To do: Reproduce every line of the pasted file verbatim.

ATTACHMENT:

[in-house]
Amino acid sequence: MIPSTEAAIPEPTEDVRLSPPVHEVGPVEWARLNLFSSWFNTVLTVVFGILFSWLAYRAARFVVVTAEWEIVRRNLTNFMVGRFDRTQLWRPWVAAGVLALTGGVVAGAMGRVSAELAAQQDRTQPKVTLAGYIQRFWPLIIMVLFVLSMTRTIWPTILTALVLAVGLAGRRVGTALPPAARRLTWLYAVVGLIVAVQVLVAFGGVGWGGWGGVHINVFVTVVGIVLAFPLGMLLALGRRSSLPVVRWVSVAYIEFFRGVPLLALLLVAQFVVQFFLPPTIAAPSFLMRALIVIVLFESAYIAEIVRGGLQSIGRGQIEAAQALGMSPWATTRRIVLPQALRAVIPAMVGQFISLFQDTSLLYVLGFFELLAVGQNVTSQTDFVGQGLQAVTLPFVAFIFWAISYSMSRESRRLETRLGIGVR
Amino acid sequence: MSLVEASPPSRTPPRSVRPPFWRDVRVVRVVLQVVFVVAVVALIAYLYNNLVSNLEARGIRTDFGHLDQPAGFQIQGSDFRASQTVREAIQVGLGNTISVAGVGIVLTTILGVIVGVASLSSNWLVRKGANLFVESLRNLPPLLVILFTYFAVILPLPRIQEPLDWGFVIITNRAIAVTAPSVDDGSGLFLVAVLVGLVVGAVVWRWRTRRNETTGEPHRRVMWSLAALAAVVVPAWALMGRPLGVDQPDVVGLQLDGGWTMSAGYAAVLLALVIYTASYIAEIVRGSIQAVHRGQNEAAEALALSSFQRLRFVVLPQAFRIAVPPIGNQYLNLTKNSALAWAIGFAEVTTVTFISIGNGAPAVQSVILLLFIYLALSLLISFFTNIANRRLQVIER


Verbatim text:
[in-house]
Amino acid sequence: MIPSTEAAIPEPTEDVRLSPPVHEVGPVEWARLNLFSSWFNTVLTVVFGILFSWLAYRAARFVVVTAEWEIVRRNLTNFMVGRFDRTQLWRPWVAAGVLALTGGVVAGAMGRVSAELAAQQDRTQPKVTLAGYIQRFWPLIIMVLFVLSMTRTIWPTILTALVLAVGLAGRRVGTALPPAARRLTWLYAVVGLIVAVQVLVAFGGVGWGGWGGVHINVFVTVVGIVLAFPLGMLLALGRRSSLPVVRWVSVAYIEFFRGVPLLALLLVAQFVVQFFLPPTIAAPSFLMRALIVIVLFESAYIAEIVRGGLQSIGRGQIEAAQALGMSPWATTRRIVLPQALRAVIPAMVGQFISLFQDTSLLYVLGFFELLAVGQNVTSQTDFVGQGLQAVTLPFVAFIFWAISYSMSRESRRLETRLGIGVR
Amino acid sequence: MSLVEASPPSRTPPRSVRPPFWRDVRVVRVVLQVVFVVAVVALIAYLYNNLVSNLEARGIRTDFGHLDQPAGFQIQGSDFRASQTVREAIQVGLGNTISVAGVGIVLTTILGVIVGVASLSSNWLVRKGANLFVESLRNLPPLLVILFTYFAVILPLPRIQEPLDWGFVIITNRAIAVTAPSVDDGSGLFLVAVLVGLVVGAVVWRWRTRRNETTGEPHRRVMWSLAALAAVVVPAWALMGRPLGVDQPDVVGLQLDGGWTMSAGYAAVLLALVIYTASYIAEIVRGSIQAVHRGQNEAAEALALSSFQRLRFVVLPQAFRIAVPPIGNQYLNLTKNSALAWAIGFAEVTTVTFISIGNGAPAVQSVILLLFIYLALSLLISFFTNIANRRLQVIER